Sport Cricket Disturbing new evidence raises questions on whether the Ashes were tainted

Disturbing new evidence raises questions on whether the Ashes were tainted

Cameron Bancroft South Africa
Bancroft fronted the press to admit tampering with the ball in South Africa. Photo: Getty
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As disturbing footage of Cameron Bancroft allegedly putting a spoonful of sugar into his pocket during this summer’s Ashes emerged, England pace bowler Stuart Broad has revealed he was surprised by the amount of reverse swing Australia generated during the series.

Australian cricket is in damage control after sidelined captain Steve Smith revealed that he and his leadership group plotted to tamper with the ball during the third Test against South Africa in Cape Town.

Young batsman Bancroft was then left to commit the crime with a piece of tape, spotted by eagle-eyed camera operators. The 25-year-old was later charged by the ICC and fined 75 per cent of his match fee.

More punishment came for Smith, suspended for the fourth Test by the ICC, and Cricket Australia are sure to weigh in with their own sanctions, likely to be harsher.

As the fall out continued on Monday, footage of Bancroft allegedly spooning sugar into his pants during the Ashes emerged.

If the product was sugar, it is unclear what it was used for, or if it was used at all.

Sugar could be used on a cricket ball to affect how it moves through the air.

According to The Telegraph, the incident was, at the time, explained as a way of giving Bancroft an energy boost on a hot day.

The footage in question. Photo: Wide World Of Sports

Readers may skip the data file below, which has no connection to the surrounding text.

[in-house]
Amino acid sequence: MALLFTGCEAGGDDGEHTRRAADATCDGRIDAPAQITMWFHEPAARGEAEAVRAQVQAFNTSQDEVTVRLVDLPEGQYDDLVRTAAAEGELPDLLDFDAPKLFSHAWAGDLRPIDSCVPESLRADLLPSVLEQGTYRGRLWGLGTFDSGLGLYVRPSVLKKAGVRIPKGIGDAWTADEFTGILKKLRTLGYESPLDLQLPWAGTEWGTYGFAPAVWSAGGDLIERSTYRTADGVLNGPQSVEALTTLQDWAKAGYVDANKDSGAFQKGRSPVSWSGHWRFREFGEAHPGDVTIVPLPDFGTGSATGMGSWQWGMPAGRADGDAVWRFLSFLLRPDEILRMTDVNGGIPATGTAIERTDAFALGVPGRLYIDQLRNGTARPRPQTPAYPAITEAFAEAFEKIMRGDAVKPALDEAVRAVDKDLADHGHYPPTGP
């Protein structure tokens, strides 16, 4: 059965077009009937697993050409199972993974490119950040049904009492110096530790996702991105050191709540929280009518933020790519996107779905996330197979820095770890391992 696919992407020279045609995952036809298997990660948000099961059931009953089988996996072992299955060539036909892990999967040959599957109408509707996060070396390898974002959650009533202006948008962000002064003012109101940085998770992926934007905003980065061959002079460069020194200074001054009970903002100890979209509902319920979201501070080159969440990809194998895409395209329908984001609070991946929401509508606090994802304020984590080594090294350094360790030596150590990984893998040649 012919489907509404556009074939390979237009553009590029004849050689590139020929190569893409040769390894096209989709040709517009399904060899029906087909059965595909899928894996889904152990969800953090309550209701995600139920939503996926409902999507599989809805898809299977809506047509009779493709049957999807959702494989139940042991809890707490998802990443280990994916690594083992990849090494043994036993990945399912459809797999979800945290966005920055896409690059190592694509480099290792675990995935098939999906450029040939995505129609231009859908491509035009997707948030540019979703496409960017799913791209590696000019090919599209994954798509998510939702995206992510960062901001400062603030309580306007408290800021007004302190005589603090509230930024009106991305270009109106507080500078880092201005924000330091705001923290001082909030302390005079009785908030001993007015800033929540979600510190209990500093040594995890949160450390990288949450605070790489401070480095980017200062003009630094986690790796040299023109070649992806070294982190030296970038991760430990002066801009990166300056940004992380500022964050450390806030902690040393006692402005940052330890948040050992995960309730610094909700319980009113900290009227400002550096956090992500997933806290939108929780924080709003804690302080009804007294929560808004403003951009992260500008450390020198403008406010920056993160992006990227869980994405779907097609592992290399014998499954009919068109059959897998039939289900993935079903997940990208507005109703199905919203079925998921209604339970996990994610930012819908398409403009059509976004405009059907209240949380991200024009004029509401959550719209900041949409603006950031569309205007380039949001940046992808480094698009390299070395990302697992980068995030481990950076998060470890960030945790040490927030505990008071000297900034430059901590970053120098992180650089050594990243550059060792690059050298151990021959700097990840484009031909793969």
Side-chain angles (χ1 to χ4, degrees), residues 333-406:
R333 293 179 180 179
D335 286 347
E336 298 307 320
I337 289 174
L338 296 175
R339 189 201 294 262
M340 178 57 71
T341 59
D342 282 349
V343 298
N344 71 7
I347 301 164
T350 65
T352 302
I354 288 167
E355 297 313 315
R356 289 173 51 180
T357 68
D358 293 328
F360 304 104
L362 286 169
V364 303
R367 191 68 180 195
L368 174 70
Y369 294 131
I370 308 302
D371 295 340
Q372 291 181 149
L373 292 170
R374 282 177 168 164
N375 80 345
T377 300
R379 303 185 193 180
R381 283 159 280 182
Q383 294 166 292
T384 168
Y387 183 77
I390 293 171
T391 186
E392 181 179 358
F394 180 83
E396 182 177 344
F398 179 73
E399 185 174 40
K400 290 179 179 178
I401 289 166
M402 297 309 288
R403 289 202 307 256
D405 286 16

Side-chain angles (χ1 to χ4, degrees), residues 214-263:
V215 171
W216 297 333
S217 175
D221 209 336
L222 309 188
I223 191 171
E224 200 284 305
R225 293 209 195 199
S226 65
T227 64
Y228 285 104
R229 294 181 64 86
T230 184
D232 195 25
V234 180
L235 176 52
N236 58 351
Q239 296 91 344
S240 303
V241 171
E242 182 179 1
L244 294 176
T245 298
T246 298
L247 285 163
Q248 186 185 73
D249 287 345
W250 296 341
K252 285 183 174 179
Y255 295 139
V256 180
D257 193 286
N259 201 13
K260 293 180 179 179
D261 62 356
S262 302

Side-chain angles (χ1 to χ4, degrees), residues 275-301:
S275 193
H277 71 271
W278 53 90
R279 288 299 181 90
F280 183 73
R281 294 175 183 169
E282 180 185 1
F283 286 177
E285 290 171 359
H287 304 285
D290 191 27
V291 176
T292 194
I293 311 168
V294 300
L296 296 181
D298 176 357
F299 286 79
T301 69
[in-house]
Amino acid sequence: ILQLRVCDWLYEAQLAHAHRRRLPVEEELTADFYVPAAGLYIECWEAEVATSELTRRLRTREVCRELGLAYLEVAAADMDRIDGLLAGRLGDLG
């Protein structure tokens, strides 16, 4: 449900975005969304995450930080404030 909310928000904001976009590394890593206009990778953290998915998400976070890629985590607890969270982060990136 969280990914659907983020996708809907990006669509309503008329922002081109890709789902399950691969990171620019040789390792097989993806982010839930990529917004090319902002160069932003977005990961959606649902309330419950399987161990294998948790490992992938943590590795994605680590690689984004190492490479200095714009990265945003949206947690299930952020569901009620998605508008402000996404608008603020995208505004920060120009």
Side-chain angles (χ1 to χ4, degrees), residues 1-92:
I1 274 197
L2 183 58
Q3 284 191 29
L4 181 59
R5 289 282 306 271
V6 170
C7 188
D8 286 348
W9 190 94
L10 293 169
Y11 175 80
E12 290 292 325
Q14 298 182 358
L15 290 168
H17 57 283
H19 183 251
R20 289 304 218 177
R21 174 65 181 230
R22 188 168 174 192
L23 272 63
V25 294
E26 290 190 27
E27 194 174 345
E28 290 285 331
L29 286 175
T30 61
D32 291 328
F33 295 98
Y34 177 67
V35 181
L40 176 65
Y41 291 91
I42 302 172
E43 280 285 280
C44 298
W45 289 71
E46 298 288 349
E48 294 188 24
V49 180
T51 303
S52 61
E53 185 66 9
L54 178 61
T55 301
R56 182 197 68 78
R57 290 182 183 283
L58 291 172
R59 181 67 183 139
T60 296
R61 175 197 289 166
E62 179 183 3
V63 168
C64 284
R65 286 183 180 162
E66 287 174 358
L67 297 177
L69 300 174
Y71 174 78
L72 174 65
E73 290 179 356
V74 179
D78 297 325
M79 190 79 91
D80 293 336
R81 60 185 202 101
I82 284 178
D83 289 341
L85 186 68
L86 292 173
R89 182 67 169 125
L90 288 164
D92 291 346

The release of the footage came after Broad said Smith’s side got lots of reverse swing “in conditions where you wouldn’t expect the ball to reverse” in the Ashes series they won 4-0.

Broad stopped short of accusing Australia of ball-tampering during the Ashes but did express surprise at the side’s change in tactics.

“I saw Steve Smith say it was the first time they have tried it [ball tampering],” he said.

“To me, it’s surprising – why they would change a method that’s been working?

“If you look at the Ashes series we’ve just played, they reverse swung the ball in nearly all of those Test matches sometimes in conditions where you wouldn’t expect the ball to reverse.

“I don’t understand why they have changed their method for this one game.

“But Steve said this is the first time they have tried it and we have to believe his words … there was no evidence they were doing this in the Ashes series from what I’ve seen.”

‘Hypocrite’ Lehmann criticised

The series in South Africa has been dominated by scandal, with David Warner and Proteas wicket-keeper Quinton de Kock having to be separated by teammates in an ugly clash.

The incident was allegedly sparked by de Kock’s comments about Warner’s wife, Candice.

On-field drama and sledging, and abuse from crowds, has been a constant, too.

Earlier in the third Test, Australia coach Darren Lehmann – under major pressure due to the cheating scandal – blasted South African fans for “disgraceful behaviour”.

Darren Lehmann
Lehmann was not happy with South African fans. Photo: Getty

Lehmann has previously urged Australian crowds to “give it to Broad right from the word go”.

“And I hope he cries and goes home”, he said, speaking after Broad refused to walk when edging a ball during a 2013 Ashes Test.

Broad was asked by The Sun if he thought Lehmann was a hypocrite and said: “That’s your word, not mine, but I would agree with you, yes.

“You look at the quotes from that 2013 interview where he basically asked the country to send an opposition player home crying. I didn’t.

“We lost the series but it didn’t make me cry. I enjoyed the series and the banter and all that sort of stuff.

“So I can’t understand why you’d come out and moan about a different country and what they are saying to their players … just from the outside, it looks like Australia have started a lot of fights and then moaned when someone comes back.”

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